Papers must be clear and concise, but detailed data is strongly encouraged. The journal publishes research articles, reviews, communications and technical notes. There is no restriction on the length of the papers and we encourage scientists to publish their results in as much detail as possible.
Indexing: DOAJ-Directory of Open Access Journals.
Archiving: full-text archived in CLOCKSS.
Rapid publication: manuscripts are undertaken in 6 days from acceptance to publication (median values for papers published in this journal in the first half of 2019, 1-2 days of FREE language polishing time is also included in this period).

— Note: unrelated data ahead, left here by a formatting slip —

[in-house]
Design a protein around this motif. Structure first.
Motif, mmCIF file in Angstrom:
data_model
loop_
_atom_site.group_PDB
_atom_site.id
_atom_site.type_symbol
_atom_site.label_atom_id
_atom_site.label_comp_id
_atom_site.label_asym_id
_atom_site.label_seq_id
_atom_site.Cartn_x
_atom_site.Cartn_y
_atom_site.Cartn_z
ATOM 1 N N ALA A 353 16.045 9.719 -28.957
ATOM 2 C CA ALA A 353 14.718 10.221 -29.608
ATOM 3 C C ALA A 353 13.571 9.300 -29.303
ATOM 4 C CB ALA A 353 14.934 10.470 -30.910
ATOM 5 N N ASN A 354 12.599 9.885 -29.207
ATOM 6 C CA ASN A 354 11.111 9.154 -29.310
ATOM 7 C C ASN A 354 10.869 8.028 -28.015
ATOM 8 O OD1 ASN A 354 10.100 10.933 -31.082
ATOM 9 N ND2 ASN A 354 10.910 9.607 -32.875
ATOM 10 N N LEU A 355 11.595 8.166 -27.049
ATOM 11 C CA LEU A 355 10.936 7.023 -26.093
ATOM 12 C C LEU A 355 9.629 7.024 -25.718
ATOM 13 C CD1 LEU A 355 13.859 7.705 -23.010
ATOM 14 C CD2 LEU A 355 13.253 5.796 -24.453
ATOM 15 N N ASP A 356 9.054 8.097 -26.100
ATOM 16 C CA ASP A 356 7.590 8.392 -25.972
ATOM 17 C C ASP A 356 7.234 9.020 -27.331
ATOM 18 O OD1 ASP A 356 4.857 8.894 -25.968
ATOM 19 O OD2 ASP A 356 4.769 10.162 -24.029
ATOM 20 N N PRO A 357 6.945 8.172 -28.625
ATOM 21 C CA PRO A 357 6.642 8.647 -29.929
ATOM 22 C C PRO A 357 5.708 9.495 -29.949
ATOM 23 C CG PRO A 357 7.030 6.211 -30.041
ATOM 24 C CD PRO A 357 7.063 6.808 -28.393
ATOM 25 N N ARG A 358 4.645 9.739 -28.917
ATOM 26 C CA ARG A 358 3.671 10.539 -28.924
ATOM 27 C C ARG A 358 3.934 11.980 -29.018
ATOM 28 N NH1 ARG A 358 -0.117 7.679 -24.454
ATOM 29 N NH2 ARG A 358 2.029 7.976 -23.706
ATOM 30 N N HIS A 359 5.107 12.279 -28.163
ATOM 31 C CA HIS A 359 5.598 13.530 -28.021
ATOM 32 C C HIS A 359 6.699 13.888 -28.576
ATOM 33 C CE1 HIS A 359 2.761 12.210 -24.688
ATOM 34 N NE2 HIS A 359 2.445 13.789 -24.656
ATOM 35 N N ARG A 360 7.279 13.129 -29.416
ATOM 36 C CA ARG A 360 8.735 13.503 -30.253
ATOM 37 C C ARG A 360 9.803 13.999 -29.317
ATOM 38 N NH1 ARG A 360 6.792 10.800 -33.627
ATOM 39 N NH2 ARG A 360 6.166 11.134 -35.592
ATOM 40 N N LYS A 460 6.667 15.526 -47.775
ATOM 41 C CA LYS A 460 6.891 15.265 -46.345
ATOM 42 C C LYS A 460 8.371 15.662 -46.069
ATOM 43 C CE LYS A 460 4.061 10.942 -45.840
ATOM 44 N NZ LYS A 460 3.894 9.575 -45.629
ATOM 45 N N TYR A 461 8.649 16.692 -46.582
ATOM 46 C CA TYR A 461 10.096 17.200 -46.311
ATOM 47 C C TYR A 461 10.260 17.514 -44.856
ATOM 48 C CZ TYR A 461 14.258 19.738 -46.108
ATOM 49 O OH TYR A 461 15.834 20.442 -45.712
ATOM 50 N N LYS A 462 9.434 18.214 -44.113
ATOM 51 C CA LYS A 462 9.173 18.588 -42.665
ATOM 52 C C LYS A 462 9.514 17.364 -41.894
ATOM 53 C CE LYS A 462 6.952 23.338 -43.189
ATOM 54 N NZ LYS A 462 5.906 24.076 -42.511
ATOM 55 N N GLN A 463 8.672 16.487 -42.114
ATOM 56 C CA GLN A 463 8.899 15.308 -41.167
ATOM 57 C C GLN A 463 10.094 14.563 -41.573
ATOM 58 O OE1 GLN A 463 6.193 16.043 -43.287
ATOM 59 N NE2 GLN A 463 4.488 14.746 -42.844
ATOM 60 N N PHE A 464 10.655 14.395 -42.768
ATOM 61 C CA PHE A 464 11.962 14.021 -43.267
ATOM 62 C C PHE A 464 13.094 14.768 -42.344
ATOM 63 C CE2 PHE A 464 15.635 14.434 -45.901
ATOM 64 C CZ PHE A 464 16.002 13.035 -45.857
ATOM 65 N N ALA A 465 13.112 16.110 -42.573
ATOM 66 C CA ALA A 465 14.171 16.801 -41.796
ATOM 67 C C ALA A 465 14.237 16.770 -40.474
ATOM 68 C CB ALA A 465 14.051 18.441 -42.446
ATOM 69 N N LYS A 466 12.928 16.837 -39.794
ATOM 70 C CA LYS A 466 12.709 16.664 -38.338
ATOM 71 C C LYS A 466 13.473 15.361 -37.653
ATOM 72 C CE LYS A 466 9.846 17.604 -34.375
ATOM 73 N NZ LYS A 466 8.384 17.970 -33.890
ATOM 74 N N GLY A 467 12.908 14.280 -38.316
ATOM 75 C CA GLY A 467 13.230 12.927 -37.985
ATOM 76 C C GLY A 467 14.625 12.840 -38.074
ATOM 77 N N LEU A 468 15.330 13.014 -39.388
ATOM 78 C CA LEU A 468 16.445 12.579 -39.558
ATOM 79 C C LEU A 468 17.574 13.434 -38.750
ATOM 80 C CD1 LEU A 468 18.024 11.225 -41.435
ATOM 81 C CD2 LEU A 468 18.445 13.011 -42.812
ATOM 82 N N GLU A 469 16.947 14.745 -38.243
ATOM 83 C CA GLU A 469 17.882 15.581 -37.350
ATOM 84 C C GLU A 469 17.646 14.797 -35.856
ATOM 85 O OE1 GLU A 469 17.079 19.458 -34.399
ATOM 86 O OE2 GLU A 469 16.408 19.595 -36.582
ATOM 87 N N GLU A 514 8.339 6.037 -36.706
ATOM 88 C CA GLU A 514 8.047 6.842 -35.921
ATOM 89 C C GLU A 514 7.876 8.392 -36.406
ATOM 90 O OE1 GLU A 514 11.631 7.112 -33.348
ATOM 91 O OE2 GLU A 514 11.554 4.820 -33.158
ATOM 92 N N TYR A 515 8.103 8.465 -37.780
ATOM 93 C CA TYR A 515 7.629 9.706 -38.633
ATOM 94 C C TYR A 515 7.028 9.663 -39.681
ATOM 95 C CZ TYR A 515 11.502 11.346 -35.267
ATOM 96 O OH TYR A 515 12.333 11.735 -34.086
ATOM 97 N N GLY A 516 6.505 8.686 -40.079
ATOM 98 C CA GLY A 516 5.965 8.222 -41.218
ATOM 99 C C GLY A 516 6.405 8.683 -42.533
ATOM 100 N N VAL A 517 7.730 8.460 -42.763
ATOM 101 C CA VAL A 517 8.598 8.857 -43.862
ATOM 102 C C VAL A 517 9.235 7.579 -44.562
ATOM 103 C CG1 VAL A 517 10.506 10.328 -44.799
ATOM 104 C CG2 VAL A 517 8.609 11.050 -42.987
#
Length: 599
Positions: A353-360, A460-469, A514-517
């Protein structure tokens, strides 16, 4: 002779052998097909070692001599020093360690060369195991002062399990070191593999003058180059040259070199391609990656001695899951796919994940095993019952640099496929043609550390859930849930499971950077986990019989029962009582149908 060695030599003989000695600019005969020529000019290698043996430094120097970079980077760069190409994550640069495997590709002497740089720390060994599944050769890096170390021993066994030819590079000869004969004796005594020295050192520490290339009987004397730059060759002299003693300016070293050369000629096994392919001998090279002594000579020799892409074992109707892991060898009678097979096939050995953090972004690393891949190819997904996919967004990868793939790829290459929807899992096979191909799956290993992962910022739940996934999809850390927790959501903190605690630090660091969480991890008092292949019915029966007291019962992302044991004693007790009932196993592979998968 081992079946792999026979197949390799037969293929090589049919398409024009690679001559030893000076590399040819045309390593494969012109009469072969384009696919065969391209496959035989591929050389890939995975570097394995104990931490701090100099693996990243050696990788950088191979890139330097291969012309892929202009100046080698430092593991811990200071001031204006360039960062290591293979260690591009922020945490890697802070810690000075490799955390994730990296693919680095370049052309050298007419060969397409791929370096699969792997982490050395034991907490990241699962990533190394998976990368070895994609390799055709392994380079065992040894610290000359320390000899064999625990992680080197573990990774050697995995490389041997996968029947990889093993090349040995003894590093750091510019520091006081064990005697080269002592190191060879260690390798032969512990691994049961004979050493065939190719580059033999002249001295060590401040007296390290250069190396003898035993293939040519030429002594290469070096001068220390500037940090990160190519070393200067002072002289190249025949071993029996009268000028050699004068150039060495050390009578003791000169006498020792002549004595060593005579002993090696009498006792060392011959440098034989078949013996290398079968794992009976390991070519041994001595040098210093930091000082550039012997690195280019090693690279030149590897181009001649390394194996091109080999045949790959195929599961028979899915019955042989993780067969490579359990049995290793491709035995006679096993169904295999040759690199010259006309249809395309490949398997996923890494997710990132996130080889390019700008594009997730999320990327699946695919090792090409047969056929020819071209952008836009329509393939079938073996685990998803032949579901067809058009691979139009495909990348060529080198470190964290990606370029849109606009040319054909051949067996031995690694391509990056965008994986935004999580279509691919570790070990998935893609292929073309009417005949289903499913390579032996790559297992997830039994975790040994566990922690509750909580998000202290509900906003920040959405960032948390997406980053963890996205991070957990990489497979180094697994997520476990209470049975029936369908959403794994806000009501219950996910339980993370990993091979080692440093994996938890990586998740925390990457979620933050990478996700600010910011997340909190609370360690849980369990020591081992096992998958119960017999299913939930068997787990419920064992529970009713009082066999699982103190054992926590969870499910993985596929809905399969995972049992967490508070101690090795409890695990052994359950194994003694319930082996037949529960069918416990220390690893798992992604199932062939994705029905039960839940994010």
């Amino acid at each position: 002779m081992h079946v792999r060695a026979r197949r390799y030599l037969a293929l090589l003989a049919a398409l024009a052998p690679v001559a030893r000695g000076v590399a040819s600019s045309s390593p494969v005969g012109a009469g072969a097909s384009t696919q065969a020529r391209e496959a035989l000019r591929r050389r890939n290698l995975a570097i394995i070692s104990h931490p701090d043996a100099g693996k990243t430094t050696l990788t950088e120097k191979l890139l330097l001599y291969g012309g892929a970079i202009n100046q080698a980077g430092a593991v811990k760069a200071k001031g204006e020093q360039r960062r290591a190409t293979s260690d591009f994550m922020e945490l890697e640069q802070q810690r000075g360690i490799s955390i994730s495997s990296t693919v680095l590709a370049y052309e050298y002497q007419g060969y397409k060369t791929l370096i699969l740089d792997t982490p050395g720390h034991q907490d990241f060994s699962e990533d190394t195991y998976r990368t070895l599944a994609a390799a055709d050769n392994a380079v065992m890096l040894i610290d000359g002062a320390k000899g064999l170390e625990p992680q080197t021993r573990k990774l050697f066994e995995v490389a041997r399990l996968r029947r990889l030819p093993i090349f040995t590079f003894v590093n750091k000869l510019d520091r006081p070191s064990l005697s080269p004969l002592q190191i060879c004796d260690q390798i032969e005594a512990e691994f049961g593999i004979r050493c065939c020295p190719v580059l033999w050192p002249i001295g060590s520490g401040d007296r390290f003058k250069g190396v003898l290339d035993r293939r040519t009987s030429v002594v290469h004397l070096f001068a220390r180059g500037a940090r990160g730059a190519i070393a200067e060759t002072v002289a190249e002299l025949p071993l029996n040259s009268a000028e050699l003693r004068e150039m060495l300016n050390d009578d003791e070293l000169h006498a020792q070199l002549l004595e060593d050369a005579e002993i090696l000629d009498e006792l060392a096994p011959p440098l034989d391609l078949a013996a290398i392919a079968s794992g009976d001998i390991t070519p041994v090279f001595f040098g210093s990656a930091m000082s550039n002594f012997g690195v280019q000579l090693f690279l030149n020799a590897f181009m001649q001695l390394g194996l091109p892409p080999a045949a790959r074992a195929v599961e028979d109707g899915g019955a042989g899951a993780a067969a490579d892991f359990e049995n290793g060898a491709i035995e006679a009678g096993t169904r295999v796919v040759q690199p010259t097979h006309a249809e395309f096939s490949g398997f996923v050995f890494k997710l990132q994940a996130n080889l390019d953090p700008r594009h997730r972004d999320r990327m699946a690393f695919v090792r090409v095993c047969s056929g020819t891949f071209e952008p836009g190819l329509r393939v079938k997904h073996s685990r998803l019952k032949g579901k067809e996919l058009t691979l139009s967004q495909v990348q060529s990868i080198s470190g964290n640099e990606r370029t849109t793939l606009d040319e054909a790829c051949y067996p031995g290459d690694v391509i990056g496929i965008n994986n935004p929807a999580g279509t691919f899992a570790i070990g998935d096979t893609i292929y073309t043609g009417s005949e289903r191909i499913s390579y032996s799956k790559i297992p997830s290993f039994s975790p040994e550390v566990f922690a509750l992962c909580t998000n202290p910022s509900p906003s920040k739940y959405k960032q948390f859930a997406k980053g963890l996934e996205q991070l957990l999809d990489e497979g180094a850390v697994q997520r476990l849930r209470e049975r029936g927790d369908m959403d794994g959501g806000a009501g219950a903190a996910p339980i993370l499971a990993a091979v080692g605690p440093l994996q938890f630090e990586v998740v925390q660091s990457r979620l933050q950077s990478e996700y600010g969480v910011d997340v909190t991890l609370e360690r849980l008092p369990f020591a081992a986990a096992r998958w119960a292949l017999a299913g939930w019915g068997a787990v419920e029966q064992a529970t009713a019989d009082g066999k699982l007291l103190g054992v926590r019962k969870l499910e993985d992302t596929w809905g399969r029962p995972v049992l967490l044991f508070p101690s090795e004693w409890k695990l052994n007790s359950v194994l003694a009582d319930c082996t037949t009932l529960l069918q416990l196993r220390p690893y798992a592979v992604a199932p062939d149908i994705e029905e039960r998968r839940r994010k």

Models of Caregiver Support
Submission Deadline: February 25, 2019 (Open)
James S. Powers, MD
Professor of Medicine, Department of Medicine, Vanderbilt University School of Medicine, USA
Clinical Associate Director, Geriatric Research, Education, and Clinical Center (GRECC), Tennessee Valley Health System
Website | E-Mail
Research Interests: Accidental Falls; Delirium; Dementia; Geriatric Consultation; Geriatric Syndromes; Hospital Care of Elderly; Interdisciplinary Patient Care Teams; Long Term Care; Patient Centered Medical Home
About This Topic